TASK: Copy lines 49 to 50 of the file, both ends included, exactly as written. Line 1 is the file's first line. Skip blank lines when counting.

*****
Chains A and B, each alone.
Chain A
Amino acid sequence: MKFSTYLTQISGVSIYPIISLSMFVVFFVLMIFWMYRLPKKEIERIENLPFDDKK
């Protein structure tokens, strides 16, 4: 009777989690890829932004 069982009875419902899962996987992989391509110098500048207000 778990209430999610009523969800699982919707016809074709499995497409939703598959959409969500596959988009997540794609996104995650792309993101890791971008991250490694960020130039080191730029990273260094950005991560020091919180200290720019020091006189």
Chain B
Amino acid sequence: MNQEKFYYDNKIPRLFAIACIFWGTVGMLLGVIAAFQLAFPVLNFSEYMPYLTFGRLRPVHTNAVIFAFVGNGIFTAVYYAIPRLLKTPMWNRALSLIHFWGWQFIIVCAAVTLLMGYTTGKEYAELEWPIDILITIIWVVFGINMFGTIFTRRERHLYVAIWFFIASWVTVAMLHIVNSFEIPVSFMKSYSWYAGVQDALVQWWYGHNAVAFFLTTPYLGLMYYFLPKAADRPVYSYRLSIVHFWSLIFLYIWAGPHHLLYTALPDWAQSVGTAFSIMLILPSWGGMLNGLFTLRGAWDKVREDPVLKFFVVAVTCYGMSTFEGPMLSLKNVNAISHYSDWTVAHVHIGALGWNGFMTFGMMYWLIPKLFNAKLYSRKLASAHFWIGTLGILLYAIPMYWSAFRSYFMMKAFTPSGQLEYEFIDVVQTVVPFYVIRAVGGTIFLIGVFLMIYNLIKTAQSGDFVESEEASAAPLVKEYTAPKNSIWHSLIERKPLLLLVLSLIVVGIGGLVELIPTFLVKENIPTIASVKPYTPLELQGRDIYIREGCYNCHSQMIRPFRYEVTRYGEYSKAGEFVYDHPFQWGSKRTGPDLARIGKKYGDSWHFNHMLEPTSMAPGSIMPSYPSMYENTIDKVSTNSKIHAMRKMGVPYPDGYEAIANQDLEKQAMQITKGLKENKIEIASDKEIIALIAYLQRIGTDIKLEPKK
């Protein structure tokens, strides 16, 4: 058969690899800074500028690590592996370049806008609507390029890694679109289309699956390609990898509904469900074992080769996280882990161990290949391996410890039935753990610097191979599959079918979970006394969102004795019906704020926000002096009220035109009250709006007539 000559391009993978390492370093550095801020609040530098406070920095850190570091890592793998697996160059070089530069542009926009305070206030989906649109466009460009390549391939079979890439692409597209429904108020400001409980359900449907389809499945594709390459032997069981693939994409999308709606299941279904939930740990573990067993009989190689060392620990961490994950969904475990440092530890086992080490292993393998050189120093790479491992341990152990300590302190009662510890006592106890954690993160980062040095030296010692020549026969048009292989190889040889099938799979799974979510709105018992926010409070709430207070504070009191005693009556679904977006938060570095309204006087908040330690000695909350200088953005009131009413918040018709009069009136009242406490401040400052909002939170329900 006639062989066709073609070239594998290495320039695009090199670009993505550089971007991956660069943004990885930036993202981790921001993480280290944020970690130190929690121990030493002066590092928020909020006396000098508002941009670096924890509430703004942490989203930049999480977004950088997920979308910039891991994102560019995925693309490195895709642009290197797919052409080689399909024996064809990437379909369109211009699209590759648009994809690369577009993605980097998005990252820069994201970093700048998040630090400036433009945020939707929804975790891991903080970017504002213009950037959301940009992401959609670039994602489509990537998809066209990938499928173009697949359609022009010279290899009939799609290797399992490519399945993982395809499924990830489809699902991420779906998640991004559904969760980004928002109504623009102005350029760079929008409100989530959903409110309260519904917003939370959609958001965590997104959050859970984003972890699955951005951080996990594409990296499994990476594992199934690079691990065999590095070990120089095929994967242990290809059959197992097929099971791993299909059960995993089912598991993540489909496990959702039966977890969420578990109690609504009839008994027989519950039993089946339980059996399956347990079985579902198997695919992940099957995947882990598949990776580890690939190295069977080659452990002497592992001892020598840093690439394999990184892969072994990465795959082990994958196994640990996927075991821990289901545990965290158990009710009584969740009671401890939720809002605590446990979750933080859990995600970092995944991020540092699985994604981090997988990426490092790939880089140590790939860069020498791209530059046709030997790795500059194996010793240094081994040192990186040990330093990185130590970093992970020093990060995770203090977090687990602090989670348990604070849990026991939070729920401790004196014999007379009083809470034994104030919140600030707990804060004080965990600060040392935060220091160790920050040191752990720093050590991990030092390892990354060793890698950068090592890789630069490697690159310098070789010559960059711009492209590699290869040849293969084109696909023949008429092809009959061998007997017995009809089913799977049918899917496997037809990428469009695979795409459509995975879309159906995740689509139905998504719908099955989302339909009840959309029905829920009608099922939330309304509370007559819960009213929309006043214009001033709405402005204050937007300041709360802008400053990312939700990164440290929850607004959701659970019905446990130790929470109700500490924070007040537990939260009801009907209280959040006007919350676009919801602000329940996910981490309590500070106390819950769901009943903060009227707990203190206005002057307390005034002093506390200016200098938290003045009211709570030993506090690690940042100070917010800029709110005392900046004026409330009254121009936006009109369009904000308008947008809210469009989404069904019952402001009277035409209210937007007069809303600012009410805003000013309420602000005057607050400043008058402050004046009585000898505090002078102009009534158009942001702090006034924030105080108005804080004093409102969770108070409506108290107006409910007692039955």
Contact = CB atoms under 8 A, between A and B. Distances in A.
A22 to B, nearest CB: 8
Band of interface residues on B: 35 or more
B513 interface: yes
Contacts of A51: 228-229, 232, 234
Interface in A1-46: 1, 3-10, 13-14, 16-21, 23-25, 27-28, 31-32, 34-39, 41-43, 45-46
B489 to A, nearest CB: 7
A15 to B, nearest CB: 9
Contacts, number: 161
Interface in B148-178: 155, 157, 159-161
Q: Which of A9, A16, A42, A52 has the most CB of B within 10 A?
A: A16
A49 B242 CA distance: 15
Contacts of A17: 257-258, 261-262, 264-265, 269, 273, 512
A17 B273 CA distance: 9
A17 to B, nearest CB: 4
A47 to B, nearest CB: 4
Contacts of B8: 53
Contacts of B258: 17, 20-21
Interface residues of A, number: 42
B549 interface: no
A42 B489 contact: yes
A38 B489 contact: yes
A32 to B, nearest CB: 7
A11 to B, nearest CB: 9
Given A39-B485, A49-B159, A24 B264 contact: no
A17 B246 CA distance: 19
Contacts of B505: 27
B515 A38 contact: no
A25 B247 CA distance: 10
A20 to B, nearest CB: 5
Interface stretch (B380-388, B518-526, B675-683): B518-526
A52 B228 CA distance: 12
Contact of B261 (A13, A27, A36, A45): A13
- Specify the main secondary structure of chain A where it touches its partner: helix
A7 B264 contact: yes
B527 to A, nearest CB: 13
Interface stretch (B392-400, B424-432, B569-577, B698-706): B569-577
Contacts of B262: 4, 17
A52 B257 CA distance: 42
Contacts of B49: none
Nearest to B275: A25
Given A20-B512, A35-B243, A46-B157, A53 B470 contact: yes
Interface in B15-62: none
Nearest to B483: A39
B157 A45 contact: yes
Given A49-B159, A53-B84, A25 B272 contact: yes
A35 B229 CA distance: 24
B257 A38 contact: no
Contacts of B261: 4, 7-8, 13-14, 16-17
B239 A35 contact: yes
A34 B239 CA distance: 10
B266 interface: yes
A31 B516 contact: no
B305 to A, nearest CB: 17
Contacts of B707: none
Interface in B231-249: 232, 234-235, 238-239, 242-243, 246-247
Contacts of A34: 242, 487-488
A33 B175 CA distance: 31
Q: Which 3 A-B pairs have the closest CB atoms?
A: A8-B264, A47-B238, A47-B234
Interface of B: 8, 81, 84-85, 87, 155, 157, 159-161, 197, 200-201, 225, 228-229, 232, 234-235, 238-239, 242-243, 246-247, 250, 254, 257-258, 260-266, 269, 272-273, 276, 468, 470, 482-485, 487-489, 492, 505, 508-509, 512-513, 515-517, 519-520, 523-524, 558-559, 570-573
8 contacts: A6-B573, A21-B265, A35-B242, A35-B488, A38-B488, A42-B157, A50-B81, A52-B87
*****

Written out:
Nearest to B275: A25
Given A20-B512, A35-B243, A46-B157, A53 B470 contact: yes